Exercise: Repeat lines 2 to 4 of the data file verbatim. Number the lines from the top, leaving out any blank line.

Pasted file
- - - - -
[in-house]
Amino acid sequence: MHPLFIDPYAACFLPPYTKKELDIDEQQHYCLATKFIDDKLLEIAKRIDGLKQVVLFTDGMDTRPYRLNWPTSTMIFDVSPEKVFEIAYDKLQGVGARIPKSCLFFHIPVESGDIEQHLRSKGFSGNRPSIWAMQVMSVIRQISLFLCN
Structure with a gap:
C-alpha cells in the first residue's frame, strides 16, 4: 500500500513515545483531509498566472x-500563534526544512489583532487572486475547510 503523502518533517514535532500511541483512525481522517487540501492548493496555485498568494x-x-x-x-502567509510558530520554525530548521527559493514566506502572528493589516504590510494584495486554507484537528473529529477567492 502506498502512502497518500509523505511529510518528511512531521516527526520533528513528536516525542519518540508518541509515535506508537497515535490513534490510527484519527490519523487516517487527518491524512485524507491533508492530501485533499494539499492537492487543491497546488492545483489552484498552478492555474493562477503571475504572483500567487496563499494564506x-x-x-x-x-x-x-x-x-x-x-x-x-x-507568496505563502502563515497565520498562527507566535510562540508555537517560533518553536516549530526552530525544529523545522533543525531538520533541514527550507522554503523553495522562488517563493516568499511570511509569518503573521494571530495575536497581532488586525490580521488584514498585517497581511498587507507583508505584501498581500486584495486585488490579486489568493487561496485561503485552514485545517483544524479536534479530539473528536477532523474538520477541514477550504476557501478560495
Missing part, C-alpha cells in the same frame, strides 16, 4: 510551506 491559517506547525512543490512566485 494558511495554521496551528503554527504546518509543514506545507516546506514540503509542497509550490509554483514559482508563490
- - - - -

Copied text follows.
Amino acid sequence: MHPLFIDPYAACFLPPYTKKELDIDEQQHYCLATKFIDDKLLEIAKRIDGLKQVVLFTDGMDTRPYRLNWPTSTMIFDVSPEKVFEIAYDKLQGVGARIPKSCLFFHIPVESGDIEQHLRSKGFSGNRPSIWAMQVMSVIRQISLFLCN
Structure with a gap:
C-alpha cells in the first residue's frame, strides 16, 4: 500500500513515545483531509498566472x-500563534526544512489583532487572486475547510 503523502518533517514535532500511541483512525481522517487540501492548493496555485498568494x-x-x-x-502567509510558530520554525530548521527559493514566506502572528493589516504590510494584495486554507484537528473529529477567492 502506498502512502497518500509523505511529510518528511512531521516527526520533528513528536516525542519518540508518541509515535506508537497515535490513534490510527484519527490519523487516517487527518491524512485524507491533508492530501485533499494539499492537492487543491497546488492545483489552484498552478492555474493562477503571475504572483500567487496563499494564506x-x-x-x-x-x-x-x-x-x-x-x-x-x-507568496505563502502563515497565520498562527507566535510562540508555537517560533518553536516549530526552530525544529523545522533543525531538520533541514527550507522554503523553495522562488517563493516568499511570511509569518503573521494571530495575536497581532488586525490580521488584514498585517497581511498587507507583508505584501498581500486584495486585488490579486489568493487561496485561503485552514485545517483544524479536534479530539473528536477532523474538520477541514477550504476557501478560495